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Asian Journal of Rural Development
  Year: 2017 | Volume: 7 | Issue: 1 | Page No.: 1-14
DOI: 10.3923/ajrd.2017.1.14
 
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Root’s Supply Response for Smallholder Farmers Supplying Cassava to Commercial Starch Processors in Nigeria
Ifeanyi A. Ojiako, G. Tarawali, L. Nze, D. Ogundijo, M. Edtet, B. Audu and S. Adenekan

Abstract:
Background and Objective: This study analyzes the roots’ supply capacity and response for smallholder cassava farmers supplying commercial starch processors in Nigeria. Among the specific objectives were to identify the key production and marketing challenges and examine the factors driving roots’ flow from farmers to processing factories. Materials and Methods: A multi-stage random sampling technique was used to select 96 farmers from the enlisted clusters in eight cassava-growing states. Data were analyzed using descriptive and inferential statistics and multivariate regression techniques. Results: Initial characterization revealed that 22.9% of all farmers were women, 32.3% into full-time farming and 97.9% married. About 80.0% of the farmers’ total produce was sold to various markets but only 61.1% of farmers supplied part of their produce to the starch factories. Yield (p<0.01), experience (p<0.01), farm size (p<0.01), commercialization (p<0.01), varieties type (p<0.01), factory gate price (p<0.01) and training (p<0.01) had significant positive influence on marketed surplus while the influence of open market price (p<0.01) was negative. Production cost, transport and logistics, dearth of fertilizer, labour and capital were the key production challenges while transport cost, distance and small size of markets were the key marketing challenges. Conclusion: Policies and programmes capable of promoting high yield and output, targeting farmers with proven experience, large farm sizes and demonstrated will to commercialize and offering competitive factory gate prices were ways of increasing flow of roots to starch processing factories. The significant negative effect of the open market price implied that inasmuch as the starch processors’ price remained less attractive and competitive vis-à-vis the price elsewhere, the problem of roots’ leakage would persist and the factories would continue to operate below capacity. The study recommended provision of best farm management package of practices including improved cuttings, regular training and retraining, agro-inputs’ credit, relevant extension and monitoring support services to promote farmers’ efficiency and roots’ flow. As big-time investors, the starch processors should show more commitment to cassava value chain development through direct assistance to farmers in opening of lands, purchasing or leasing of tractors and subsidizing transport facilities especially during harvesting, so as to curtail the farmers’ tendency to divert roots to alternative markets.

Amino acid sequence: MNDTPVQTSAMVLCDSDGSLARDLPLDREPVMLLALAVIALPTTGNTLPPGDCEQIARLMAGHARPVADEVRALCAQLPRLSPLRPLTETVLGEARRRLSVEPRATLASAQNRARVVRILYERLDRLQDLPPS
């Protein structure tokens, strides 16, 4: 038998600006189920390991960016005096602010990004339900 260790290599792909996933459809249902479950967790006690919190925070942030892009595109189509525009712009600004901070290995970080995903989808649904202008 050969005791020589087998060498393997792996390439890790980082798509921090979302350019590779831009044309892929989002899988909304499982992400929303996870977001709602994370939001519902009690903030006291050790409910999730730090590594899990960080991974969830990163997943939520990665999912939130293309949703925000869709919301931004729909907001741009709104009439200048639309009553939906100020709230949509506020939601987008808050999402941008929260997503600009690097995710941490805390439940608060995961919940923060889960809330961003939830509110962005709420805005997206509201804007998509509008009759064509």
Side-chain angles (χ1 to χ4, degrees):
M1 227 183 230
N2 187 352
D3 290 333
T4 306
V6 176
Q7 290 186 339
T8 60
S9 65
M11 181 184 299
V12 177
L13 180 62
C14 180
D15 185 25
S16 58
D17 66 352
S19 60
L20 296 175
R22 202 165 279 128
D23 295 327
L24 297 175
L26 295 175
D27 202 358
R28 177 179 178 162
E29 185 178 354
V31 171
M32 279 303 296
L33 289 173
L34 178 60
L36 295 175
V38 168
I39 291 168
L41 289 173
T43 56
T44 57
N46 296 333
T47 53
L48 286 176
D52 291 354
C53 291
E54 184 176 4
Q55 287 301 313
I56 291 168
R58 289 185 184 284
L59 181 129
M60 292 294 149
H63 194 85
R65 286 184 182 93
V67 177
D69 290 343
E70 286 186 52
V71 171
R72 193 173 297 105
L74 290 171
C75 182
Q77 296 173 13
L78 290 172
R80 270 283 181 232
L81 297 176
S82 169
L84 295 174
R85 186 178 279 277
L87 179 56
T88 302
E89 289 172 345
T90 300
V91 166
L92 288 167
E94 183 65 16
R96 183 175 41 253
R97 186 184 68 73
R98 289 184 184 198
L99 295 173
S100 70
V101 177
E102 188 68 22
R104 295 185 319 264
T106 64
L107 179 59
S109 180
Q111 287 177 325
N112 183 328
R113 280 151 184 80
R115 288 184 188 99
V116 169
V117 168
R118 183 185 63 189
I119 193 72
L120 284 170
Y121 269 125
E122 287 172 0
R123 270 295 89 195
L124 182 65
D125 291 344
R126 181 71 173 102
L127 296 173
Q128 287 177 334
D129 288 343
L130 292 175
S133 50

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How to cite this article:

Ifeanyi A. Ojiako, G. Tarawali, L. Nze, D. Ogundijo, M. Edtet, B. Audu and S. Adenekan, 2017. Root’s Supply Response for Smallholder Farmers Supplying Cassava to Commercial Starch Processors in Nigeria. Asian Journal of Rural Development, 7: 1-14.

DOI: 10.3923/ajrd.2017.1.14

URL: https://scialert.net/abstract/?doi=ajrd.2017.1.14

 
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